But the big reason nobody asked the tough questions was that we fell for the story. We didn't want to ask. Sure, the book was a turgid, overwritten hagiography, but the story was magic. We all wanted to believe. Mortenson's work inspired countless aid workers, such as the blogger who writes Stories of Conflict and Love, who reacted sadly to the CBS investigation in an April 18 post. "I understand that the recent revelations suggest the story is problematic … [But Mortenson's] work and life story still ignite something inside me." Indeed, even the most hardened aid professional would like to think that once in a while, problems have an easy answer. It would be awfully nice if rural Pakistan just needs schools -- not teachers, not social support for education, not money for books and teacher training.

We wanted to believe that sometimes, international aid really is that easy, that a clueless amateur with a heart of gold can bring change in a region that has defeated the experts. If an amateur could pull this feat off, just think what professionals could manage in the future, doing things right. Nobody wanted to pay too much attention to the details because it would have ruined a good story.

I suspect that Mortenson fell for his story, too, and that when he felt it begin to slip away from him, he just kept creating more stories to keep up. Building infrastructure like schools in challenging environments is hard for an experienced organization. For a beginner like Mortenson, it must have been nearly impossible; even the cheerful, sanitized story in Three Cups of Tea makes that clear. It's not surprising that CAI ran into trouble expanding in Pakistan, let alone Afghanistan.

We let Mortenson spin us because we wanted to be spun. Development problems are hard, slow, difficult problems that take generations to solve. It's a lot more fun to believe in a good story. It's easy to pile on Greg Mortenson at this point, but asking the hard questions a whole lot earlier might have helped CAI grow slower and stay on track.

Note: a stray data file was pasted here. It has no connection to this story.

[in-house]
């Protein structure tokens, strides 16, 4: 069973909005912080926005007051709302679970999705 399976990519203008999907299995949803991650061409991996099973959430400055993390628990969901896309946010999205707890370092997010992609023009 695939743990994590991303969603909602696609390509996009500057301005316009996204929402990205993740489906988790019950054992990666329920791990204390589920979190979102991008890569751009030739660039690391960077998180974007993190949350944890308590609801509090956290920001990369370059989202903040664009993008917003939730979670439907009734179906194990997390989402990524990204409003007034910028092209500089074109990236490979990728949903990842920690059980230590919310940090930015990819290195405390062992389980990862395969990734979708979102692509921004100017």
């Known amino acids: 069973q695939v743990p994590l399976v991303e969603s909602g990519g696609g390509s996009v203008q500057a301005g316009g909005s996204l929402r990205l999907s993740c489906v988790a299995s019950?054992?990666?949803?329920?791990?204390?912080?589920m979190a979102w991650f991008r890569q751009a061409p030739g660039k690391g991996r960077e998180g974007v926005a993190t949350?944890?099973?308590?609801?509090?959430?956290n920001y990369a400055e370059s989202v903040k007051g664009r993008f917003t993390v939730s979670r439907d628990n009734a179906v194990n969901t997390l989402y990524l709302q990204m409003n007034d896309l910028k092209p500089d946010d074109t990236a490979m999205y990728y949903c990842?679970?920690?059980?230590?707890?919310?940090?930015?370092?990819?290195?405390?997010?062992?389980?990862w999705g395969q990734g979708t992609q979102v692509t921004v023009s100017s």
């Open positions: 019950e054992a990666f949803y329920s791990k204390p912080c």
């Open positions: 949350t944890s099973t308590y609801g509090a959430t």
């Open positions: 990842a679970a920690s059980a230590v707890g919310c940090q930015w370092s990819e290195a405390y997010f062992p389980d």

Education is too important to be lost in our love for inspiring narrative. Next time we hear a fantastic story about a new aid effort, we need to look deeper. Does its organizational model make sense? Is it building on the lessons of the past? Is the money handled right? Is there evaluation going on, and are there documented results? Everyone, from children in Pakistan and Afghanistan to donors to Mortenson himself, would have benefited if somebody had asked the real questions sooner.

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Emerging Hangover

It will take more than BRICS to build the post-American economy.

As the economic crisis fades in the rearview mirror, some analysts on Wall Street and in Washington expect the world economy to enter a supercycle, a prolonged global growth spurt powered by the emerging markets. This isn't just some fringe theory: The "Super-Cycle Report" by Standard Chartered Bank posits that world GDP will double in the next two decade as a result of "industrialization and urbanization of emerging markets and global trade." The sentiment was widely shared among the attendees of the latest World Economic Forum in Davos, Switzerland, and among such heavyweights as Goldman Sachs and PricewaterhouseCoopers. Emerging markets, rising to make up half the world economy by 2017, are expected to pull the sluggish, debt-laden advanced economies -- United States, Europe, and Japan -- along. In this bifurcated world, the emerging juggernauts such as China, South Korea, and India will decouple from the advanced nations, relegating the mantra "when the U.S. economy sneezes, the world catches a cold" to the ash heap of history.

But last week's IMF governors' spring meetings and the G-20 finance ministerial in Washington tell a very different story. Rather than celebrating a global liftoff, countries are wrestling with familiar global letdowns, from deepening global imbalances to China's currency manipulation and soaring U.S. public deficits. The depressingly familiar policy agenda belies the supercycle hype. Rather, it suggests that emerging economies remain unsafe from flu in America and unable to power the world economy on their own.

Granted, emerging markets are due to grow almost thrice as fast as the advanced economies in 2011, according to IMF forecasts. They seem light-years away from the massive debts, currency crashes, and hyperinflation of the 1980s and 1990s. Now armed with historic reserves and led by pragmatists rather than populists, they appear stable and sound. Their corporations are globalizing; their financial markets are growing sophisticated; and with a few exceptions, their politics look orderly, with regular transitions of power instead of the coups and chaos of past decades. For all the gripes about the "Washington Consensus," developing countries have more or less followed its prescriptions and gained dramatic health benefits.